Student C3: "I think it create[s] a collaborative environment…"

Student C4: "Plus this show[s] you who is talkin[g]."

Student C2: "Yes--it creates more of a sense of people being here"

The students showed their understandings to those who encountered technology problems and tried to offer their help. Students began to scaffold and demonstrate their own expertise in The Palace with their peers. Below are examples from the online transcripts.

From Group B:

Student B: (addressing another student who needs help): "just click it off from your Prop picker"

From Group C:

Student C1: "Help."

Moderator C: "…you need to grab the mother and save the pieces into your prop picker."

Student C3: "The black satchel bottom right"

Student C3: "just drag them into it"

Moderator C: "Just drag them into your bag."

Student C3: "right!"

Student C1: "thanks."

Some leaders appeared naturally within each group. They played an important role not only in facilitating the instructor to moderate the online activities, but also in creating a friendly, appealing online environment that encouraged students’ participation. The following examples illustrate this.

From Group A:

Student A1: "yo A4 what's up"

Student A1: "hello"

Student A4: "I'm the only one having the major problems"

Student A1: "it takes a while to learn"

Student A1: "yes"

Student A4: "Sorry everyone for the problems"

Student A1: "no problem"

Student A2: "no problem Student A4"

From Group B:

Moderator B: "Okay, this is where you will role play the legend."

Moderator B: "The volcano is in the background."

Student B1: "okay, so how do we role play?"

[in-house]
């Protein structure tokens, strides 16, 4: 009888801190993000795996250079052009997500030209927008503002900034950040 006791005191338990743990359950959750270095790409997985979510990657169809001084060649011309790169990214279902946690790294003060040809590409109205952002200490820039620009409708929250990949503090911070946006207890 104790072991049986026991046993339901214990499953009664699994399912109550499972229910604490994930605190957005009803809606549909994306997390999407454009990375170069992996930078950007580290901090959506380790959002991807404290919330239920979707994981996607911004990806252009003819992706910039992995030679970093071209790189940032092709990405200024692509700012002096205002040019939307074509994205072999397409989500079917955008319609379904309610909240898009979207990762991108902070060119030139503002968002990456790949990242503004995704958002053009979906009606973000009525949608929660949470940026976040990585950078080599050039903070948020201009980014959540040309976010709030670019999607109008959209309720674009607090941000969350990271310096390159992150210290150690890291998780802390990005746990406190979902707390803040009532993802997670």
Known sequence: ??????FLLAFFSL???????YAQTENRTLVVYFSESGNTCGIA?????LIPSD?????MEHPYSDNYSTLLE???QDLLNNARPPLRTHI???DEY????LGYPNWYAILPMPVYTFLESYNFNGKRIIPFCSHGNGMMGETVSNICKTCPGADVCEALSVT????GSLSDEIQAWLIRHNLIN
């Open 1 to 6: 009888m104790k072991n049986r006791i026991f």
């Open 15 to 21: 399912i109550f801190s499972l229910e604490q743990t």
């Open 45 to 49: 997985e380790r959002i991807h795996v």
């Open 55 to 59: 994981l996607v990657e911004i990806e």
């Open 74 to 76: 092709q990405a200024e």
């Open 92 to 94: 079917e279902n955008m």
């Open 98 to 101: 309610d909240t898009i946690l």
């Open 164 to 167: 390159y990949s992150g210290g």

Instructor B: "Now I will give you 10 min. to decide who will play what."

Student B1: "I'll take the sun"

Student B1: "So, who wants to be what?"

Student B1: "Student B2 can be Maui."

Student B2: "Which one is she (Maui's mother)?"

Moderator B: "Above me."

Student B1: "the one above Moderator B."

Student B1: "I can take [the] ppl [people]"

Student B2: "alright"

Moderator B: "OK."

Student B1: "hi video 16 :)"

Student B1: "okay, let's role play!!!"



Our study has the following implications:

  1. While Mason (1991) and other researchers emphasized the importance of online moderation, the authors believed that the moderating process should be preceded by pre-class preparation to make moderation successful. Pre-class preparation should be regarded as part of the facilitating strategies to scaffold online collaborative learning activities.
  2. Scaffolding requires facilitating strategies that are structured and specific.
  3. Technology can be a great psychological impediment to some students. Therefore, pre-class instructions on the use of new online collaboration tools are important if students are to feel comfortably participate and engage in online collaboration activities.



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  • Harasim, L. (1990). Online education: An environment for collaboration and intellectual amplification. In L. Harasim (Ed.) Online education: Perspectives on a new environment, New York: Praeger, 39-64.
  • Mason, R. (1991). Moderating computer conferencing. DEOSNEWS, 1 (19),  
  • Pea, R. D. (1996). Seeing what we build together: Distributed multimedia learning environments for transformative communications. In T. Koschmann (Ed.) CSCL: Theory and practice of an emerging paradigm, Mahwah, NJ: Lawrence Erlbaum Associates, 171-186.
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  • Scardamalia, M. & Bereiter, C. (1996). Computer support for knowledge-building communities. In T. Koschmann (Ed.) CSCL: Theory and practice of an emerging paradigm, Mahwah, NJ: Lawrence Erlbaum Associates, 249-268.
  • Thomerson, J. D. & Smith, C. L. (1996). Student perceptions of the affective experiences encountered in distance learning courses. The American Journal of Distance Education, 10 (3), 37-48.


Appendix A


Pre-seminar activities and their corresponding cognitive scaffolding strategies


Pre-seminar activities and their corresponding affective scaffolding strategies